The heat was crushing last week. It was so enveloping, I forgot the weather could be any other way. So imagine my delight when I stepped outside Tuesday morning to a refreshing cool. Wednesday was even better. And I daresay, Thursday was the day of my dreams. I appreciate the blue skies and dreamy clouds overhead, the sound breeze sweeping through the trees, and the instant change in temperature when I step from the sun to the shade. All the while, the crickets and toads chirp and croak.
In this email:
- Generally important notes
- Farm Members, if you haven't checked out our new membership agreement please see a copy here. If this works for you, please send me an email saying so. If it doesn't, please let me know and we will sort it out. Thank you!
- Here is link to our Social Justice page on our website. It is a list of resources to keep active in effecting positive social change.
- Fresh from the Field
- Recipe: Caramelized Onions from Love & Lemons
- Market Details
- Tales from the Farm!
Fresh From the Field-
All Manner of Deliciousness
Parsley (Curly and Flat Leaf!)
Peppers- in drips and drops for now.
Recipe: Caramelized Onions
From: Love and Lemons
Learn how to caramelize onions perfectly every time! Rich, sweet, and deeply golden brown, they're delicious in soups, dips, pastas, and more.A note from Helen! I like to add them as a topping for tacos and sandwiches!
- 2 tablespoons extra-virgin olive oil
- 4 medium yellow onions, halved and sliced
- ½ teaspoon sea salt
- Heat the oil in a 12-inch cast iron skillet (edit by Helen- it is okay to whatever pan on hand) over medium heat. Add the onions and sauté for 5 minutes or until starting to soften.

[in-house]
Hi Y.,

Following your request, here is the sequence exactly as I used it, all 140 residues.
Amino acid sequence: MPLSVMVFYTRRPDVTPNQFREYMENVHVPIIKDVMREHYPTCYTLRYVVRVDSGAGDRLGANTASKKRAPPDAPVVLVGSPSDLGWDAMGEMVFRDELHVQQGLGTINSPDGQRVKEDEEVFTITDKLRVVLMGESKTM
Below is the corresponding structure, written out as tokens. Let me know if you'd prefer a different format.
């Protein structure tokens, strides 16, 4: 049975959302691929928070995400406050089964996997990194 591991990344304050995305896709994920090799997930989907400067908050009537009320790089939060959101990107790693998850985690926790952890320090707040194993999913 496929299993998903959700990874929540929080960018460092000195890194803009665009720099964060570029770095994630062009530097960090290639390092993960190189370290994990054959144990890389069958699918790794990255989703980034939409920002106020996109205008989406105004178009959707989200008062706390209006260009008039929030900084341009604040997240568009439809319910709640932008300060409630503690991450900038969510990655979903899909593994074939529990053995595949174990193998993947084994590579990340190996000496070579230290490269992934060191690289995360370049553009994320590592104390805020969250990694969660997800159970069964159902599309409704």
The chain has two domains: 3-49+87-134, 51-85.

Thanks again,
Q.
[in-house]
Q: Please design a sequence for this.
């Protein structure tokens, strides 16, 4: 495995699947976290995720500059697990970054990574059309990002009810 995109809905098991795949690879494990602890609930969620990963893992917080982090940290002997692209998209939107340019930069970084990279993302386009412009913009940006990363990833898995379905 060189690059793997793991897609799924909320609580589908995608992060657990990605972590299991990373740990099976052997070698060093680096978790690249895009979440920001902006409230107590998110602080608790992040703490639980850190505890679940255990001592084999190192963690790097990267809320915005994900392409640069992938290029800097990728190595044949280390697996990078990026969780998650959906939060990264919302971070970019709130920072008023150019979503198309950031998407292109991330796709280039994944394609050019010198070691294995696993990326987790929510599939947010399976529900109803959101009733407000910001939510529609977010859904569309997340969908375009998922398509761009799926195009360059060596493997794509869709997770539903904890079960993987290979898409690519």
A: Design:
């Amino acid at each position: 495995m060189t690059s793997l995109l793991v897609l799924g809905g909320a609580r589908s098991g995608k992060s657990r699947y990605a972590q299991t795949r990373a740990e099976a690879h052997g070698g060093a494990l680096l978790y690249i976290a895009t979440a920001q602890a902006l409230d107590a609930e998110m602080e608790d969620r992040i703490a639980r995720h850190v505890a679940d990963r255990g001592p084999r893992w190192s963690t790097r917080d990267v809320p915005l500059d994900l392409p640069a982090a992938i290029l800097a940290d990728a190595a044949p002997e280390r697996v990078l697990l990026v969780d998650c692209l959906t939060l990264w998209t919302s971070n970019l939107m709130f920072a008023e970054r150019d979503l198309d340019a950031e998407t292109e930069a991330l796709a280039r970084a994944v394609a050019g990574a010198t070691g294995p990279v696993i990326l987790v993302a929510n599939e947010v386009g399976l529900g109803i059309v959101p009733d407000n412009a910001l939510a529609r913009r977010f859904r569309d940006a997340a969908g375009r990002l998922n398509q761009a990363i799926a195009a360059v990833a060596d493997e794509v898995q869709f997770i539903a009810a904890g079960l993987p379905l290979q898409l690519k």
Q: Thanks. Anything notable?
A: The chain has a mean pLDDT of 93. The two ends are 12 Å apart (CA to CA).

- Add the salt, reduce the heat to medium low and cook for 50 to 80 minutes, stirring every few minutes, or until the onions are very soft, golden brown, and caramelized. The timing will depend on the size of your onions and the heat of your stove.
- If at any point the onions start to stick to the bottom of the pan, reduce the heat to low. If the onions aren’t deeply brown after 50 minutes and you’d like to speed things up, you can turn the heat higher to get more caramelization. Stir continuously to prevent burning.
Market Details: We are at market this week
The Ann Arbor Farmers Market, Saturday with Helen and Tyler and radish aficionado Wiley! 7 am to 3 pm (or till sold out)
Eastern Market, shed 2, Saturday with Peter! 6 am to 2:30 pm (Sorry for the mix up last week. We will be there on schedule this week!)
Royal Oak, Saturday with Jim and Lisa! 7 am to 1 pm
Tales from the Farm:
The rush to get the ground rototilled last week culminated in success! Jim, Tyler, and Sarah got a lot of plants in the ground. They direct seeded and irrigated many of the fall crops. You can see those above. That is a little over a third of an acre. The team also made a push to transplant the leeks and scallions plus and more kohlrabi. This adds to the transplants that they have gotten in the field over the last few weeks. Broccoli, Romanesco (or fractal cauliflower, as we like to call it), cabbage, napa cabbage, kohlrabi big and small, plus some direct seeded carrots and rutabaga. If we are able to protect the plants in the ground now, I can tell you, fall is going to be very tasty.
I know our emails have been short for the last few weeks. We are banking on pictures to do our talking while we keep things moving forward in the field. See you at markets!
Helen for Jim, Tyler, Sarah!, Wiley, Boomer (bark layer), and Exie (morale officer)